winnings. We shared so many laughs that my sides hurt, and I couldn’t stop
smiling. It was one of the best trips we ever had, and quite frankly, it was
one of the simplest and most relaxing.
We returned to Colorado after our weekend feeling rejuvenated
and refreshed. Our only regret was that we couldn’t stay in Kentucky longer,
but as the saying goes, all good things must come to an end. We were both back
at work on Tuesday morning and normal life resumed.
I never dreamed I would be celebrating his birthday by myself.
I wish I could go back in time to that particular birthday in Kentucky, as well
as a few others, and enjoy our adventures again a second time. I would hold my
husband tighter and laugh even more during our escapades. Those are the moments
I miss the most.
Unfortunately, life doesn’t work that way. There is no going
back in time. Instead of enjoying life and celebrating, I find myself overwhelmed
with grief and sadness, longing to hear his laugh again. Words cannot describe
how much I miss him.
As I was walking from the barn to the house this morning, my
heart was heavy and I had tears in my eyes as I thought of my husband. I caught
movement out of the corner of my eye and turned to see a bald eagle, sitting in
the field in the snow, its sharp eyes surveying its surroundings. I stopped and
watched the magnificent bird for several minutes until it flew away, tears
streaming down my cheeks. Hello, my husband! I immediately thought about how he
used to tease me about my struggles to photograph bald eagles, and I found
myself laughing through my tears.
I believe my husband is still with me. Like an eagle, he is
watching from above.
Happy Birthday, My Love.
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Monday. The very mention of the word makes most people cringe. For many people, Monday symbolizes the beginning of the work week, the start of endless doldrums and toiling away at a job that we would love to quit. It is often a depressing, mundane day.
Monday, January 21, turned out to be anything but mundane or boring. It is a day I will always remember and cherish because it will forever serve as a reminder of how amazing life can be and how quickly things can change in a positive way. It will also serve as yet another reminder of how little control one actually has and how things happen in their own time.
Anyone that knows me is well aware of the fact that I love horses. I have a few. Err…several. More than I probably should have. However, they bring me tremendous joy and they are quite possibly the only reason I am still alive after the loss of my husband. There were days after the passing of my husband that I struggled to get out of bed because my depression was so great. I was overwhelmed with grief, and the fact that the rest of the world was continuing on as though nothing had happened wasn’t lost on me. In fact, it made me angry. But I was forced to pull on my boots and put my anger and self-pity aside because several 1200-pound reasons counted on me – my horses. I can honestly say that my horses were the only thing that brought any sense of joy or peace for me at that time. And they still do!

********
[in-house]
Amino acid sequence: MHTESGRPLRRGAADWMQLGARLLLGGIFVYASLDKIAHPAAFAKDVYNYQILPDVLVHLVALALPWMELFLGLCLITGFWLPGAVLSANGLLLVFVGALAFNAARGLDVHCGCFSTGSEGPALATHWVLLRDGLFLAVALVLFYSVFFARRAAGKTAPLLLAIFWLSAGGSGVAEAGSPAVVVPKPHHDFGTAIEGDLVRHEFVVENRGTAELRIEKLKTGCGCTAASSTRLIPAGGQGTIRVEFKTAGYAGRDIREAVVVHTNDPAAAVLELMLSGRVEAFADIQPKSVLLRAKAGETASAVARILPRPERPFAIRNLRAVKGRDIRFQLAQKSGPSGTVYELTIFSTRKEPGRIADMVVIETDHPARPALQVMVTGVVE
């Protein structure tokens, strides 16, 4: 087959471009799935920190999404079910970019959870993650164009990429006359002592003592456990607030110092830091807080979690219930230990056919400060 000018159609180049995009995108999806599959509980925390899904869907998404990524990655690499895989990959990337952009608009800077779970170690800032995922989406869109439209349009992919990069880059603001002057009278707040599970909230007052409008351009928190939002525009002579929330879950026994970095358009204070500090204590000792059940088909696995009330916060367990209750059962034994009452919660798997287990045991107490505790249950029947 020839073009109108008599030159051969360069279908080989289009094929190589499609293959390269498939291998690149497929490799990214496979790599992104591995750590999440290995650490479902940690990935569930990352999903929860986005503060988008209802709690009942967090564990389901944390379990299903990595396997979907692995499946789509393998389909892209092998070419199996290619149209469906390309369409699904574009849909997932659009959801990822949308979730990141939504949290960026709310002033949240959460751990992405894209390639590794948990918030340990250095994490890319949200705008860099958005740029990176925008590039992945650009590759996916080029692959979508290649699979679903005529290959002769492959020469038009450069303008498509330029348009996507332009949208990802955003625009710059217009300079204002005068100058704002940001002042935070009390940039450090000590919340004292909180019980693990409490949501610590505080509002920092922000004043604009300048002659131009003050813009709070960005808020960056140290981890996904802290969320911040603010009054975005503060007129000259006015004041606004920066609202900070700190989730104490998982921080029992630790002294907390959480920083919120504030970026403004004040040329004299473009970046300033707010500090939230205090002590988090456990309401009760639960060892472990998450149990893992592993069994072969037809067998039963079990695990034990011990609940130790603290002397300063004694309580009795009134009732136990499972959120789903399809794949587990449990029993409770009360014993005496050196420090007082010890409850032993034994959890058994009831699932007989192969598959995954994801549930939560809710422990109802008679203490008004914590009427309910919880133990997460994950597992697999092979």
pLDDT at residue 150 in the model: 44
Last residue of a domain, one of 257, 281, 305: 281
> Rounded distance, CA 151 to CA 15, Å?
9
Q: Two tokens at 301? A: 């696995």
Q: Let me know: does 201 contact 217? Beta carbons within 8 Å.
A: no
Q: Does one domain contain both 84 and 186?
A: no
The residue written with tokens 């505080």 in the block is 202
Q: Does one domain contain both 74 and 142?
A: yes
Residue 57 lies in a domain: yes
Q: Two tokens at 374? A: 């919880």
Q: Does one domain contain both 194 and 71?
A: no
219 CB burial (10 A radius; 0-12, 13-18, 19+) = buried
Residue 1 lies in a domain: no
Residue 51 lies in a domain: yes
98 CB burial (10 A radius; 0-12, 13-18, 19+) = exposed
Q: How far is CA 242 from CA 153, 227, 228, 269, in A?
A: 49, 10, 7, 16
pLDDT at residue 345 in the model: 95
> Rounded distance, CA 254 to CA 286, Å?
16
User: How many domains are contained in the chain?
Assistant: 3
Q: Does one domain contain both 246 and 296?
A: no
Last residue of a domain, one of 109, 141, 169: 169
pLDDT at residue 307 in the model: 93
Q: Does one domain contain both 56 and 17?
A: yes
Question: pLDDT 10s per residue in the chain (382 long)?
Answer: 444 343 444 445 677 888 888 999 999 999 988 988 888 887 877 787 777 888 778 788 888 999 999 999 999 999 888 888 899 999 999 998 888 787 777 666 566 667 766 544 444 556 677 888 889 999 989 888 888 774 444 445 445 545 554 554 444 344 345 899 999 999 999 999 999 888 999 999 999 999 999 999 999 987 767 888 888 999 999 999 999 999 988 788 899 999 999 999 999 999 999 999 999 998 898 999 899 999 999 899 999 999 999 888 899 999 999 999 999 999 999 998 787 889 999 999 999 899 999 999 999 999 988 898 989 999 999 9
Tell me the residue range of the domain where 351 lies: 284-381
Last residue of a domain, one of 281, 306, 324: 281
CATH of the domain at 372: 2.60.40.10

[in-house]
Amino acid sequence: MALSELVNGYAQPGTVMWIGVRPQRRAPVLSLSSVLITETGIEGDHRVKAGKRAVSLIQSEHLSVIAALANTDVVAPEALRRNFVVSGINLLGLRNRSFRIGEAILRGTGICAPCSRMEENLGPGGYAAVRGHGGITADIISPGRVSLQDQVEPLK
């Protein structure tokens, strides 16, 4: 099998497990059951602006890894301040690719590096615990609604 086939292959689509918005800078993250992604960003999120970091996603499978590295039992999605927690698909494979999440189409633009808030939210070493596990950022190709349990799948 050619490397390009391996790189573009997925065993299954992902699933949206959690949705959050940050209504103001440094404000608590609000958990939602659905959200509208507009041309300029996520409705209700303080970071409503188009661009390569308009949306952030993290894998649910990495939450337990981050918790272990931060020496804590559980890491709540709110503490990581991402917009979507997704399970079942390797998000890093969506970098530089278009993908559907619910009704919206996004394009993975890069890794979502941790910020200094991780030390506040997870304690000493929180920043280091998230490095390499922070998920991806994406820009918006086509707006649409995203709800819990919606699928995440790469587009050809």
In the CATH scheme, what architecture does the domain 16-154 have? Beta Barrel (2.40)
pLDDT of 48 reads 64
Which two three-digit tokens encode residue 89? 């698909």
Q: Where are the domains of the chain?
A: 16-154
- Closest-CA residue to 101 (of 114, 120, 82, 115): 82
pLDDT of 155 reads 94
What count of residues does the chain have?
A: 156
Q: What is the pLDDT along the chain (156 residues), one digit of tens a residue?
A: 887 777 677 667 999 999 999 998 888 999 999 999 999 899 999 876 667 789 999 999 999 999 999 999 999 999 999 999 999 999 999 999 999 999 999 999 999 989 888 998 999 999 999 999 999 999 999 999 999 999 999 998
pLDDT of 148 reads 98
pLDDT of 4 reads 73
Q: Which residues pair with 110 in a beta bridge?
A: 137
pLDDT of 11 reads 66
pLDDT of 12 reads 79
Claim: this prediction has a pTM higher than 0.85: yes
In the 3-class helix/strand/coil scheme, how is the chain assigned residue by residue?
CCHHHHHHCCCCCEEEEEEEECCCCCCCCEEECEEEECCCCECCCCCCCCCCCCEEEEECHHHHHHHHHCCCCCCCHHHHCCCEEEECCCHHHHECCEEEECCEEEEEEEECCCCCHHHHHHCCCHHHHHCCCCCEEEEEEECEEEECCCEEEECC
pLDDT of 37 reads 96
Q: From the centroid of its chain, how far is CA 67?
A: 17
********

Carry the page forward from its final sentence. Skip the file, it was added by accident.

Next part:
I am blessed to own many beautiful thoroughbred horses and one quarter horse, the later being my trusted riding pony, Annie, who happens to be a favorite among my friends. The thoroughbreds are a collection of mares and geldings, all beautiful souls that are each special in their own way. Hey, they make me put my boots on and enjoy the outdoors every day, even when it’s 20 degrees below zero. Who wouldn’t love an animal that requires this of you? Horses truly are therapeutic beings.
Last September, my best friend was in Oklahoma City at the Heritage horse sale. She spotted a big, lovely black mare with a white heart on her forehead named “Note This.” My friend called me and was insistent that I needed this mare. Something about this mare was calling out to my friend, and since her instinct with horses is impeccable, I told her to go for it. Note This happened to be pregnant to a stallion with an amazing pedigree, and quite frankly, Note This has nice bloodlines herself. I honestly figured she was a horse we wouldn’t be able to afford, so I told her to go for it, thinking we likely wouldn’t be able to buy her. However, I failed to consider that Note This was the last horse to go through the auction ring. Since most buyers are broke at the end of a sale, no one bid on her. My best friend spoke with the gentleman that had placed her in the sale, and within 24 hours, Note This was standing in my barn.
As I stated before, Note This is a big, beautiful mare. I immediately fell in love with her, and my gratitude for my friend and her insistence on buying this mare is beyond measure. Upon reviewing Note’s paperwork, I noticed that the date she was bred to the stallion coincided with a very important date to me – my late husband’s birthday. It gave me chills when I saw it, and it brings tears to my eyes whenever I think about it. I like to think of my husband in the great beyond, helping me out behind the scenes, because that is something he would do.